In Loving Memory of Bunny

I love the tiny plaques on memorial benches, the way they attempt to describe lives with a short sentence or two. Often they leave me wondering about the person described and wanting to know more. One that I find particularly interesting is on the Undercliff walk, near the Ovingdean gap. Its text is simple: "In loving memory of Bunny". It makes me think of Bunny Munro, the title character in Nick Cave's book, The Death Of Bunny Munro, who lived in the area near this bench. I don't know the person that the bench actually memorialises so, for me, it's one of those strange moments where fiction and reality overlap. 





Spacedog fan fiction

Spacedog are one of my favourite bands. They seem as if they'd be easy to describe, but obvious words like ambient, haunting, or ethereal don't do them justice. There's a lot of humour in their live shows, robotics and a weird touch of folk music. And there's also Hugo.

Back in May I saw Spacedog's Televisor show at the Brighton Fringe (video here). In the interval I scribbled a short story inspired by one of their songs, Laika. I tidied it up a week or two later and gave Sarah a copy. She's now put it on her website and you can read it there.

Sarah's site also includes a great pair of essays on Twitter, one against and one (guardedly) in favour. They give an interesting account of what twitter is and isn't, as well as describing one person learning how they prefer to use the medium.

Marathon training

Yesterday I accidentally ran 24½ miles. 

Well, not entirely accidentally. It started with an invitation to Sunday lunch from my old friend, @redjules. Her family live in mid-Sussex, about 14 miles from my house. I decided to run there and posted a parcel of clothes ahead of me so I could change when I arrived. 

The problem was picking a route that looked safe and that I could follow without a map. By now I was too excited about the run to mind that my new course was about half as long again as the original distance. Another couple of miles were added by the inaccuracies of my route-planning software. But, despite the hard work, it was an amazing run, and an amazing Sunday lunch.

I started by heading to Brighton beach where the last few people were celebrating Pride. I don't know how people could still be looking so fresh at 9am –  I can only assume they had taken an early night so that they could start clubbing again first thing in the morning. I headed west to Shoreham where I picked up the Adur river and turned North into Sussex.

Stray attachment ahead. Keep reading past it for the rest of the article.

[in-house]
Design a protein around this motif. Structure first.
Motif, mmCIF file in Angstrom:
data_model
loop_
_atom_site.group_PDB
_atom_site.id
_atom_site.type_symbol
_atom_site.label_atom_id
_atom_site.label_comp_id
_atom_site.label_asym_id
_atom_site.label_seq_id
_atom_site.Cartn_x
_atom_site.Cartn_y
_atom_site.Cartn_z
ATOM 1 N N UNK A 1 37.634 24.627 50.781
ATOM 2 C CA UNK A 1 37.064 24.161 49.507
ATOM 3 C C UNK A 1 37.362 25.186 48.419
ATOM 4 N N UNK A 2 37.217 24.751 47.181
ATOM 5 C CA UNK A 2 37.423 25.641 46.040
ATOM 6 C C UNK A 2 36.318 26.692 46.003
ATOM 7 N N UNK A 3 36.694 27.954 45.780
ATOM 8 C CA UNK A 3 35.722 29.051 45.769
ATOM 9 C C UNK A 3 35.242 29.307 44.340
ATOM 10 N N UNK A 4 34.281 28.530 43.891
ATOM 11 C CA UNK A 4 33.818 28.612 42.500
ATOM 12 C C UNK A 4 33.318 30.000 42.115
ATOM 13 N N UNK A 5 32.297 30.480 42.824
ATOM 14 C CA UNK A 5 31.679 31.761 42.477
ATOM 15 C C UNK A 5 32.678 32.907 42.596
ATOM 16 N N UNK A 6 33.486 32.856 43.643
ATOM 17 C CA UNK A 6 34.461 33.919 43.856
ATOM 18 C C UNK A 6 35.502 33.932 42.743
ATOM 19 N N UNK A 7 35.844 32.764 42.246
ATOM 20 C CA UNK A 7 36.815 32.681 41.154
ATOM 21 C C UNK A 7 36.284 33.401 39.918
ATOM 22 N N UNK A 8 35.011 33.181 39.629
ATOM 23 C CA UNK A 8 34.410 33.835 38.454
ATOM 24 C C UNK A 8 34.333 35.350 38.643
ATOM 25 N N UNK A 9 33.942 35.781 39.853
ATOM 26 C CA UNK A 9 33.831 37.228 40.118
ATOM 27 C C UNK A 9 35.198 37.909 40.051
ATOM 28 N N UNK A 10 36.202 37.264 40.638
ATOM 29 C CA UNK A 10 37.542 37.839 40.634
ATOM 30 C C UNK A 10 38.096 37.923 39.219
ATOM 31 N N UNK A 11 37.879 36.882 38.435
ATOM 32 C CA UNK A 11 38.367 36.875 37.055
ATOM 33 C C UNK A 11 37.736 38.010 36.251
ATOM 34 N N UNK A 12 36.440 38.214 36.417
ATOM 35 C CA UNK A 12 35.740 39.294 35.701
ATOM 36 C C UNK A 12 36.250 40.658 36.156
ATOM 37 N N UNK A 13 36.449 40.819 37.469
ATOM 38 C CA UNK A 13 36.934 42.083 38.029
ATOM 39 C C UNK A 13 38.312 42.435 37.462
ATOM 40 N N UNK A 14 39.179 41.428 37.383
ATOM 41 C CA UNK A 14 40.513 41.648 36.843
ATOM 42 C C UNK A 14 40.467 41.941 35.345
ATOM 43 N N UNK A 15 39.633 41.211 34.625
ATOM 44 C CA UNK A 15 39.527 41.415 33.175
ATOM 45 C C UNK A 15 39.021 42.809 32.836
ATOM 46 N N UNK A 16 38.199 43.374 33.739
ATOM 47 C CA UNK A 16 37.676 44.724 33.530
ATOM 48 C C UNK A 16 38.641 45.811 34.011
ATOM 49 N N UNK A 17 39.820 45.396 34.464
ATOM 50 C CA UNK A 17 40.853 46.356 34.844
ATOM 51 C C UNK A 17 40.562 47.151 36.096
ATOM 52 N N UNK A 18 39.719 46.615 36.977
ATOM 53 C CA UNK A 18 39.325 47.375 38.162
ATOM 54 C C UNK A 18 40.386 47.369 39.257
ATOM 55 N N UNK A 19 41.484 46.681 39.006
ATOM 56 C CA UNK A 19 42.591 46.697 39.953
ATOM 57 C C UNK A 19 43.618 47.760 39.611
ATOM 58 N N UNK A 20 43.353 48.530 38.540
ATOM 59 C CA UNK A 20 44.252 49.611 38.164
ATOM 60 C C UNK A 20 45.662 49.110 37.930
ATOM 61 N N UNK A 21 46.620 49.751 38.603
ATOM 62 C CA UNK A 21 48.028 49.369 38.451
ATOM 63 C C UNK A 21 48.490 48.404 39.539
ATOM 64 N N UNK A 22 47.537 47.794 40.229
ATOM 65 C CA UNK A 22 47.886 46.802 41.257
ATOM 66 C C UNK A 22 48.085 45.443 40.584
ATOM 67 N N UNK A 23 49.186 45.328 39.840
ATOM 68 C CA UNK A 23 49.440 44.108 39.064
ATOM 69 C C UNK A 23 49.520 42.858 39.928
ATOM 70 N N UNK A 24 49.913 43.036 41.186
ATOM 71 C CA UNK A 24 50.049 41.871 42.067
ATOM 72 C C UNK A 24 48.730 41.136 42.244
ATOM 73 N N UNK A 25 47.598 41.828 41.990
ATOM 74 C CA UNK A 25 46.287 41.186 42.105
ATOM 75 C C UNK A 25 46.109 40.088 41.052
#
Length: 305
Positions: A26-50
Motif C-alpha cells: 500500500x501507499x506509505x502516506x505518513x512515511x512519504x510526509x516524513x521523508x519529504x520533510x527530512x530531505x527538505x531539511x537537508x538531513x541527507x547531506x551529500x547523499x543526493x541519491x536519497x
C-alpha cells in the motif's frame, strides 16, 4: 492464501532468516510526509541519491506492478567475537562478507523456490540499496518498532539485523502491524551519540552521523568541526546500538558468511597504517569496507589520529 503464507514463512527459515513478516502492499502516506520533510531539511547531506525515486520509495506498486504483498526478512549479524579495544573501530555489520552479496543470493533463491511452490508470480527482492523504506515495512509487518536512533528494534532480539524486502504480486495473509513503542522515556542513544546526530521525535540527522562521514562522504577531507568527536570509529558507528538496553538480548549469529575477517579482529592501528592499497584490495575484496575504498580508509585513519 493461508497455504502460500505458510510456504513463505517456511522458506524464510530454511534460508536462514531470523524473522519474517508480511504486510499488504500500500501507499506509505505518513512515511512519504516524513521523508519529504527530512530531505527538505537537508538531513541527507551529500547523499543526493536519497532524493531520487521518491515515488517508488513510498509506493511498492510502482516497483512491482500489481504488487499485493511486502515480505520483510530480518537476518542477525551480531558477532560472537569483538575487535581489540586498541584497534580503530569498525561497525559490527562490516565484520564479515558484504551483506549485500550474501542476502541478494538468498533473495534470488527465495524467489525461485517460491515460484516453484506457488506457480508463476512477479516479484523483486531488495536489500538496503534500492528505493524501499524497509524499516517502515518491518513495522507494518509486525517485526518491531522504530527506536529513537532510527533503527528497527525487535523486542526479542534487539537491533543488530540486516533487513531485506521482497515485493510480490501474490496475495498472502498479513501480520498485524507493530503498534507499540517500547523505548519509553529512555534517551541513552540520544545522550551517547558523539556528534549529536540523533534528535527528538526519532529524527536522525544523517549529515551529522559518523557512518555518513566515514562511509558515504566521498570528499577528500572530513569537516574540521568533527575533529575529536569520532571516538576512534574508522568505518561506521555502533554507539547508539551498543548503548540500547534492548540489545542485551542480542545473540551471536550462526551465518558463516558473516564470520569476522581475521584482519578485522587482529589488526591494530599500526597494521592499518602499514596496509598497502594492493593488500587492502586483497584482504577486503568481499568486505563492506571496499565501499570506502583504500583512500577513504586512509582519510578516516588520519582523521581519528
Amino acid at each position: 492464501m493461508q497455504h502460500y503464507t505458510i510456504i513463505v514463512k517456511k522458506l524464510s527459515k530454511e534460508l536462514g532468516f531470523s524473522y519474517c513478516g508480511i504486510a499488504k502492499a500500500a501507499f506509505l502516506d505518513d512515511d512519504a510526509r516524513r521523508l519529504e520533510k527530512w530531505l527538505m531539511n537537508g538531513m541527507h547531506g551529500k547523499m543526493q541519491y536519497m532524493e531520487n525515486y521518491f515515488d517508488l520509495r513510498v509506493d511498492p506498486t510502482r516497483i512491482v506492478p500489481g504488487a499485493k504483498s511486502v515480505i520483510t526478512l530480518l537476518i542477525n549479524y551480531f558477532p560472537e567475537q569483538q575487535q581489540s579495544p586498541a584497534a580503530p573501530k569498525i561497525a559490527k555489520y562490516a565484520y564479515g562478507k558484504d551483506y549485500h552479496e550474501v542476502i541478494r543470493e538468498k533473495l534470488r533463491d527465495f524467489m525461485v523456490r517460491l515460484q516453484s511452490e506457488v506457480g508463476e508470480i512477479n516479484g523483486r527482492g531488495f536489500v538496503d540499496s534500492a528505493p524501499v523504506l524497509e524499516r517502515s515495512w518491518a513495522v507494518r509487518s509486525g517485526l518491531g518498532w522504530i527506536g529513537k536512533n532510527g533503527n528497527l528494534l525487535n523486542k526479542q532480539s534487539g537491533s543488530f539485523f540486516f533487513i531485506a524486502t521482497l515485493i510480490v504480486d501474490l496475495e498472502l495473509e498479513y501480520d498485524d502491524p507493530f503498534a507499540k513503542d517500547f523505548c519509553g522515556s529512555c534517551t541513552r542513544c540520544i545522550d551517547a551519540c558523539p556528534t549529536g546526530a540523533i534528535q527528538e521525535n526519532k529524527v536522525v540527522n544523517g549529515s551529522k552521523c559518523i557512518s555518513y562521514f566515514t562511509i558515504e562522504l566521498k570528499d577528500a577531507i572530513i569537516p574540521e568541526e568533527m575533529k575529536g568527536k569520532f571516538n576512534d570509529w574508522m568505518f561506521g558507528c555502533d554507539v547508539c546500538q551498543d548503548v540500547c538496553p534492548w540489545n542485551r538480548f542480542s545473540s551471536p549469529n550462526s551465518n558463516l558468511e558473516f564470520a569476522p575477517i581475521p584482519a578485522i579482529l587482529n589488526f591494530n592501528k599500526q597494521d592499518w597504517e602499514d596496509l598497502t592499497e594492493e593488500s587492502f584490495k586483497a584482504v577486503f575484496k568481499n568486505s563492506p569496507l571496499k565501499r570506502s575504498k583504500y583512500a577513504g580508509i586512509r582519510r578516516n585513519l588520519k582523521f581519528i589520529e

According to wikipedia, the Adur's name is a relatively recent one, recalling a Roman fort that was thought to be nearby, but that it turned out wasn't. But the river's name makes me thing of the Basque concept of Adur. Back when I worked in Madrid, a Basque colleague told me about this: everything that exists has a name, and everything that has a name exists. Adur is a force that connects objects with their representations.

The Adur led me to Henfield, the village where I grew up for about 12 years. I've only returned a couple of times since leaving Uni, and it's always strange to be back. The roads look so small and narrow. Despite knowing the place incredibly well, I feel like a stranger there. It's as if my memories of the place happened to someone else entirely.

After 17.5 miles I switched to run/walking – I mostly wanted to test that could stay moving for 4 hours rather than do a fast run. Despite this lack of effort, by the end I was about 10 minutes ahead of my pace in April's Brighton marathon. I want to cut off about 25 minutes from my time when I do the Nottingham marathon in September and this suggests that I can do it.

Of course, such a long run so near the event is not a great idea, but I don't seem to have suffered any significant ill effects (although my legs ache a little).